Terror Challenges in Asia, The Trillion Dollar Market

Glob­al spend­ing on Home­land Secu­ri­ty now stands at about $200 bil­lion annu­al­ly. But with bud­gets in Asia now set to increase by 30 per­cent in its tril­lion dol­lar plus mar­ket, where Chi­na, India, Japan and Sau­di Ara­bia are close­ly fol­lowed by the South East Asia tigers, the mes­sage is clear: Asia is already almost as big a mar­ket as the Unit­ed States, which accounts for one third of the world’s Home­land Secu­ri­ty expen­di­ture. But unlike the US, it’ll be a mis­take to look at the secu­ri­ty sit­u­a­tion in Asia as one con­stant. Asia has many geostrate­gic regions, each with its own pecu­liar­i­ties, pre­sent­ing chal­lenges that are either indige­nous or insur­gen­cies that sur­vive on cross bor­der support. 

Here you can find more infor­ma­tion about: 

The indige­nous insur­gen­cies and some­times con­flicts with com­mu­nal divides have their roots in poor gov­er­nance and cor­rup­tion, eth­nic inequal­i­ties and sense of per­se­cu­tion by the State. In India, these can be seen in the Maoist move­ment across Cen­tral India and the trib­al insur­gency in North­east India, where­as in Pak­istan it is the Shia-Sun­ni divide, the Balooch insur­gency and the Pash­tun dis­af­fec­tion in the NWFP (Af-Pak region). Russia’s Chechen prob­lem and China’s bat­tle against dis­con­tent in Xin­jiang, as well as the Kur­dish prob­lem across Iran, Iraq and Turkey all fall in these cat­e­gories. These require a com­bi­na­tion of police cum mil­i­tary oper­a­tions while adher­ing to the min­i­mum force dic­tum to con­tain the prob­lem, backed with imag­i­na­tive­ly deliv­ered pack­ages that address the core griev­ances of the locals, employ­ment, edu­ca­tion, hous­ing and roads. 

The sec­ond chal­lenge is posed by Proxy wars and Trans-nation­al threats. This is some­times even used as an instru­ment of pol­i­cy by cer­tain coun­tries, such as, Pakistan’s sup­port for cross bor­der groups that oper­ate in Kash­mir that has added momen­tum to the fail­ures of New Del­hi poli­cies, or Islamabad’s sup­port to the Tal­iban groups in Afghanistan. Like­wise, Israeli sup­port for the Jun­dul­lah to under­mine the Iran­ian gov­ern­ment and the Iran­ian sup­port for Hezbol­lah in Lebanon, or more recent­ly the anti-Bahrain and anti-Sau­di groups in the Gulf, are promi­nent examples.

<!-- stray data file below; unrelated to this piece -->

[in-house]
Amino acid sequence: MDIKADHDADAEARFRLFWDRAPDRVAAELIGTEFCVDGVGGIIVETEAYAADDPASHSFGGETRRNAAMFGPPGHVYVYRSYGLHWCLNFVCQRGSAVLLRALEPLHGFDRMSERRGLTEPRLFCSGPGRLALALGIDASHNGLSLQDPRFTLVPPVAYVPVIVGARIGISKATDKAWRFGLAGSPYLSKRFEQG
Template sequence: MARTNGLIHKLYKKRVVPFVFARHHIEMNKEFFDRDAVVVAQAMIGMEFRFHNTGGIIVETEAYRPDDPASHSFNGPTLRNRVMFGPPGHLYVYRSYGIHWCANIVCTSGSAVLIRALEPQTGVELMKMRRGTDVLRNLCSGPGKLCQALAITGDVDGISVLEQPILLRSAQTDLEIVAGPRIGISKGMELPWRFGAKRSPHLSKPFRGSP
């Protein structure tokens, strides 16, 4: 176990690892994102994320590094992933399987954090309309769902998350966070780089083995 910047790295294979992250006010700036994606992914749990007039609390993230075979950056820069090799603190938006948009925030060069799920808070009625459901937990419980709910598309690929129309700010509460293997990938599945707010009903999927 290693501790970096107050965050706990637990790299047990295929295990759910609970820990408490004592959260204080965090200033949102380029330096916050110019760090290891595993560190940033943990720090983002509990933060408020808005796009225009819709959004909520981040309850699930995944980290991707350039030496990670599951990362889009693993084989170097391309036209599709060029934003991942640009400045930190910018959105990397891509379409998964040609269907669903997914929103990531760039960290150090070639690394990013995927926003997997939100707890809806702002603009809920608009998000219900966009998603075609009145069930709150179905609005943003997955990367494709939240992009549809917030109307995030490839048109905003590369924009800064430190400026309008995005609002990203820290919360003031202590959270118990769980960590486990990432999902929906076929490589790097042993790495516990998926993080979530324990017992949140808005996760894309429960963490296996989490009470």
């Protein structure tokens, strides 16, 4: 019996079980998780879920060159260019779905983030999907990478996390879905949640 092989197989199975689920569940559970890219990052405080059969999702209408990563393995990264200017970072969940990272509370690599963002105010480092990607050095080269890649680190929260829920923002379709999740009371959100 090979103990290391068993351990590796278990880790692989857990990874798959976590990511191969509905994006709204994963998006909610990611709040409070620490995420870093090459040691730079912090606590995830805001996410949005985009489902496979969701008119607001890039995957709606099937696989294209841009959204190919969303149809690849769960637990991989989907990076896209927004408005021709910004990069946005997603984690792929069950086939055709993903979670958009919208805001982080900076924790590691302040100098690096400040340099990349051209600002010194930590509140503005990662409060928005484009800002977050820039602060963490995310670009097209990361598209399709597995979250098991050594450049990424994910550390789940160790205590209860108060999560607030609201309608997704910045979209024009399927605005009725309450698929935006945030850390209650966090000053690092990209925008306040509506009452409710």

Final­ly trans-nation­al ter­ror groups either linked with or inspired by Al-Qae­da — from Philip­pines to Iraq- have inspired their cadres with rad­i­cal Islam. While Osama bin Laden has been elim­i­nat­ed and Al-Qae­da may be in tat­ters, but his lega­cy con­tin­ues to moti­vate sui­cide bombers from Pak­istan to the Gulf States. The chal­lenge they pose is still not insignif­i­cant and most dif­fi­cult to counter. A heady cock­tail of these threats have made Asia the fastest grow­ing Home­land Secu­ri­ty mar­ket. And Secur­ing Asia 2012, a unique ini­tia­tive, to be held in Lon­don from 25th to 27th June at the QE-II Cen­tre, will not only show case the tech­nolo­gies and train­ing method­olo­gies that Asian coun­tries need, but will bring togeth­er, for the first time, the buy­ers and the sup­pli­ers under one roof, to equip Asian coun­tries for their bat­tles ahead. 



Maroof Raza is a well-known across com­men­ta­tor on mil­i­tary and home­land secu­ri­ty issues, espe­cial­ly on tele­vi­sion, as he appears fre­quent­ly on TIMESNOW, India’s lead­ing tele­vi­sion news chan­nel. He also writes for the edi­to­r­i­al pages of the The Times of India and The Hin­dus­tan Times now and a reg­u­lar col­umn in the month­ly mag­a­zine he pub­lish­es, “Salute”.

Team GlobDef

Seit 2001 ist GlobalDefence.net im Internet unterwegs, um mit eigenen Analysen, interessanten Kooperationen und umfassenden Informationen für einen spannenden Überblick der Weltlage zu sorgen. GlobalDefence.net war dabei die erste deutschsprachige Internetseite, die mit dem Schwerpunkt Sicherheitspolitik außerhalb von Hochschulen oder Instituten aufgetreten ist.

Alle Beiträge ansehen von Team GlobDef →